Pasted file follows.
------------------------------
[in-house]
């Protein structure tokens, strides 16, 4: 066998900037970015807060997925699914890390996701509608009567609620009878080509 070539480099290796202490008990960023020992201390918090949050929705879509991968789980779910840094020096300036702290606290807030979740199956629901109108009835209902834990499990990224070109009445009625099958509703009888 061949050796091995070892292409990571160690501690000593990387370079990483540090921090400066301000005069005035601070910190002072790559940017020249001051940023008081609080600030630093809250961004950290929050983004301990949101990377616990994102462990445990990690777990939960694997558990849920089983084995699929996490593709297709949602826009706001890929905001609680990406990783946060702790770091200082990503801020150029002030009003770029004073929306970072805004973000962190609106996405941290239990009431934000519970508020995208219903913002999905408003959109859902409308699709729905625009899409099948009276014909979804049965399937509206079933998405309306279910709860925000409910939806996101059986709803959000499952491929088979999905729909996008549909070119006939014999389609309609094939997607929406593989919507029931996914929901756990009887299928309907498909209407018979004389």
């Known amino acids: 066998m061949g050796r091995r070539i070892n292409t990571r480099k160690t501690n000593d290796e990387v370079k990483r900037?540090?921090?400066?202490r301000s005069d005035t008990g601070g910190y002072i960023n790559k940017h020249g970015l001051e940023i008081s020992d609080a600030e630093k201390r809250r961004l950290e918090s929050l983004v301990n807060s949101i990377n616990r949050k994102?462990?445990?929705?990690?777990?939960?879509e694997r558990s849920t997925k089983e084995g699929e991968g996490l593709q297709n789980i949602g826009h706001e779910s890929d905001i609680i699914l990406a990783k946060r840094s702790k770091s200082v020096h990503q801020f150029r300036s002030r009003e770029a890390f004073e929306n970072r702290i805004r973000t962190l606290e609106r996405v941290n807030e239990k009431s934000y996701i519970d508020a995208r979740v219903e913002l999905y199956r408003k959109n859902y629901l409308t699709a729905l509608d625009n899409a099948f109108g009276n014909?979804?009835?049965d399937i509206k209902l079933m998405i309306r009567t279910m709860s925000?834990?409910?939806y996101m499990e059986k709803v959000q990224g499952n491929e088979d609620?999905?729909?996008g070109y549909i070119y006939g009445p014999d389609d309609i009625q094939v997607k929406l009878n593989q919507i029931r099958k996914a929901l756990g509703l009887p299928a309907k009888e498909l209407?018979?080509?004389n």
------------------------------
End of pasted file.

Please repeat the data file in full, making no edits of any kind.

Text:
[in-house]
């Protein structure tokens, strides 16, 4: 066998900037970015807060997925699914890390996701509608009567609620009878080509 070539480099290796202490008990960023020992201390918090949050929705879509991968789980779910840094020096300036702290606290807030979740199956629901109108009835209902834990499990990224070109009445009625099958509703009888 061949050796091995070892292409990571160690501690000593990387370079990483540090921090400066301000005069005035601070910190002072790559940017020249001051940023008081609080600030630093809250961004950290929050983004301990949101990377616990994102462990445990990690777990939960694997558990849920089983084995699929996490593709297709949602826009706001890929905001609680990406990783946060702790770091200082990503801020150029002030009003770029004073929306970072805004973000962190609106996405941290239990009431934000519970508020995208219903913002999905408003959109859902409308699709729905625009899409099948009276014909979804049965399937509206079933998405309306279910709860925000409910939806996101059986709803959000499952491929088979999905729909996008549909070119006939014999389609309609094939997607929406593989919507029931996914929901756990009887299928309907498909209407018979004389």
């Known amino acids: 066998m061949g050796r091995r070539i070892n292409t990571r480099k160690t501690n000593d290796e990387v370079k990483r900037?540090?921090?400066?202490r301000s005069d005035t008990g601070g910190y002072i960023n790559k940017h020249g970015l001051e940023i008081s020992d609080a600030e630093k201390r809250r961004l950290e918090s929050l983004v301990n807060s949101i990377n616990r949050k994102?462990?445990?929705?990690?777990?939960?879509e694997r558990s849920t997925k089983e084995g699929e991968g996490l593709q297709n789980i949602g826009h706001e779910s890929d905001i609680i699914l990406a990783k946060r840094s702790k770091s200082v020096h990503q801020f150029r300036s002030r009003e770029a890390f004073e929306n970072r702290i805004r973000t962190l606290e609106r996405v941290n807030e239990k009431s934000y996701i519970d508020a995208r979740v219903e913002l999905y199956r408003k959109n859902y629901l409308t699709a729905l509608d625009n899409a099948f109108g009276n014909?979804?009835?049965d399937i509206k209902l079933m998405i309306r009567t279910m709860s925000?834990?409910?939806y996101m499990e059986k709803v959000q990224g499952n491929e088979d609620?999905?729909?996008g070109y549909i070119y006939g009445p014999d389609d309609i009625q094939v997607k929406l009878n593989q919507i029931r099958k996914a929901l756990g509703l009887p299928a309907k009888e498909l209407?018979?080509?004389n």